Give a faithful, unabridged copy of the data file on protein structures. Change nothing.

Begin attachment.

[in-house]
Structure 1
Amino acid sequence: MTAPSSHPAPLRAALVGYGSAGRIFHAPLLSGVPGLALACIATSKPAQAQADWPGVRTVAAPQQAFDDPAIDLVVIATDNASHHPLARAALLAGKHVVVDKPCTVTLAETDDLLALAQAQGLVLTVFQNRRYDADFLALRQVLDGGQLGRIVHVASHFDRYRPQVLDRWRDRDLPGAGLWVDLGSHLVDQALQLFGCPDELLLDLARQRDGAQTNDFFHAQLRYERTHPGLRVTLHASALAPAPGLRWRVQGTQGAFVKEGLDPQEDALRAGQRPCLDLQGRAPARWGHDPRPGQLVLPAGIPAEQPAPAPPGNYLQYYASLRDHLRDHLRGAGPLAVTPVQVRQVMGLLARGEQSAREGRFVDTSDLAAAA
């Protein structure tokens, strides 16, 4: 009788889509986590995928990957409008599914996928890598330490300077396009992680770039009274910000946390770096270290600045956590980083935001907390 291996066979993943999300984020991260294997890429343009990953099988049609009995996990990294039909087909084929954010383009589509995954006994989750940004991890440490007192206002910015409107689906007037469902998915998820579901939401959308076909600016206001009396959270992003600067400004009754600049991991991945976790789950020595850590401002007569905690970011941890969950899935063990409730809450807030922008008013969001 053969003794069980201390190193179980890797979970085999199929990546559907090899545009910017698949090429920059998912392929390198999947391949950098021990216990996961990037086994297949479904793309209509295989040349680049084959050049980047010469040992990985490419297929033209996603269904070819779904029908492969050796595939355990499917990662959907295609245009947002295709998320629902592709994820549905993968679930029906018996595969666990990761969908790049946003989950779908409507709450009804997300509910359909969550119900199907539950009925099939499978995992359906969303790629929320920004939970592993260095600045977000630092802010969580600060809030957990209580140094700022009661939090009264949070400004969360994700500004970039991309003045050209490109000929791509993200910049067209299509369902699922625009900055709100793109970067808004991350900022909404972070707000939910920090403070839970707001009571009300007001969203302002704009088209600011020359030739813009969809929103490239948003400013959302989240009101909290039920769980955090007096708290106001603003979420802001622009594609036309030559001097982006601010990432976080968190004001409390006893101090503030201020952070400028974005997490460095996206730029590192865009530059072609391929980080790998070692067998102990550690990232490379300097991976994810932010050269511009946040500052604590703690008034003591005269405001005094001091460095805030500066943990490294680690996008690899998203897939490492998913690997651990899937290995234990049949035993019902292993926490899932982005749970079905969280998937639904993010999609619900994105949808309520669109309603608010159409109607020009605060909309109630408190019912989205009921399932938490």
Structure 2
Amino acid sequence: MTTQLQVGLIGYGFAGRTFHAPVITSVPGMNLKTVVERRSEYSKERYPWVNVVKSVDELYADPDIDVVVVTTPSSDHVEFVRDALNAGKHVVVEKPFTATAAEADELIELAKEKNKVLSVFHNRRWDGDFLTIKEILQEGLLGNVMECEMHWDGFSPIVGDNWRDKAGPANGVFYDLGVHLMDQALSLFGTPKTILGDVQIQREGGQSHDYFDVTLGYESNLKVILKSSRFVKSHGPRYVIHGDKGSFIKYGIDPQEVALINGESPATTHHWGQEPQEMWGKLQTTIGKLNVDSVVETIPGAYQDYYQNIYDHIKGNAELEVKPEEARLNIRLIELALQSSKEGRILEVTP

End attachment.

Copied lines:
[in-house]
Structure 1
Amino acid sequence: MTAPSSHPAPLRAALVGYGSAGRIFHAPLLSGVPGLALACIATSKPAQAQADWPGVRTVAAPQQAFDDPAIDLVVIATDNASHHPLARAALLAGKHVVVDKPCTVTLAETDDLLALAQAQGLVLTVFQNRRYDADFLALRQVLDGGQLGRIVHVASHFDRYRPQVLDRWRDRDLPGAGLWVDLGSHLVDQALQLFGCPDELLLDLARQRDGAQTNDFFHAQLRYERTHPGLRVTLHASALAPAPGLRWRVQGTQGAFVKEGLDPQEDALRAGQRPCLDLQGRAPARWGHDPRPGQLVLPAGIPAEQPAPAPPGNYLQYYASLRDHLRDHLRGAGPLAVTPVQVRQVMGLLARGEQSAREGRFVDTSDLAAAA
């Protein structure tokens, strides 16, 4: 009788889509986590995928990957409008599914996928890598330490300077396009992680770039009274910000946390770096270290600045956590980083935001907390 291996066979993943999300984020991260294997890429343009990953099988049609009995996990990294039909087909084929954010383009589509995954006994989750940004991890440490007192206002910015409107689906007037469902998915998820579901939401959308076909600016206001009396959270992003600067400004009754600049991991991945976790789950020595850590401002007569905690970011941890969950899935063990409730809450807030922008008013969001 053969003794069980201390190193179980890797979970085999199929990546559907090899545009910017698949090429920059998912392929390198999947391949950098021990216990996961990037086994297949479904793309209509295989040349680049084959050049980047010469040992990985490419297929033209996603269904070819779904029908492969050796595939355990499917990662959907295609245009947002295709998320629902592709994820549905993968679930029906018996595969666990990761969908790049946003989950779908409507709450009804997300509910359909969550119900199907539950009925099939499978995992359906969303790629929320920004939970592993260095600045977000630092802010969580600060809030957990209580140094700022009661939090009264949070400004969360994700500004970039991309003045050209490109000929791509993200910049067209299509369902699922625009900055709100793109970067808004991350900022909404972070707000939910920090403070839970707001009571009300007001969203302002704009088209600011020359030739813009969809929103490239948003400013959302989240009101909290039920769980955090007096708290106001603003979420802001622009594609036309030559001097982006601010990432976080968190004001409390006893101090503030201020952070400028974005997490460095996206730029590192865009530059072609391929980080790998070692067998102990550690990232490379300097991976994810932010050269511009946040500052604590703690008034003591005269405001005094001091460095805030500066943990490294680690996008690899998203897939490492998913690997651990899937290995234990049949035993019902292993926490899932982005749970079905969280998937639904993010999609619900994105949808309520669109309603608010159409109607020009605060909309109630408190019912989205009921399932938490």
Structure 2
Amino acid sequence: MTTQLQVGLIGYGFAGRTFHAPVITSVPGMNLKTVVERRSEYSKERYPWVNVVKSVDELYADPDIDVVVVTTPSSDHVEFVRDALNAGKHVVVEKPFTATAAEADELIELAKEKNKVLSVFHNRRWDGDFLTIKEILQEGLLGNVMECEMHWDGFSPIVGDNWRDKAGPANGVFYDLGVHLMDQALSLFGTPKTILGDVQIQREGGQSHDYFDVTLGYESNLKVILKSSRFVKSHGPRYVIHGDKGSFIKYGIDPQEVALINGESPATTHHWGQEPQEMWGKLQTTIGKLNVDSVVETIPGAYQDYYQNIYDHIKGNAELEVKPEEARLNIRLIELALQSSKEGRILEVTP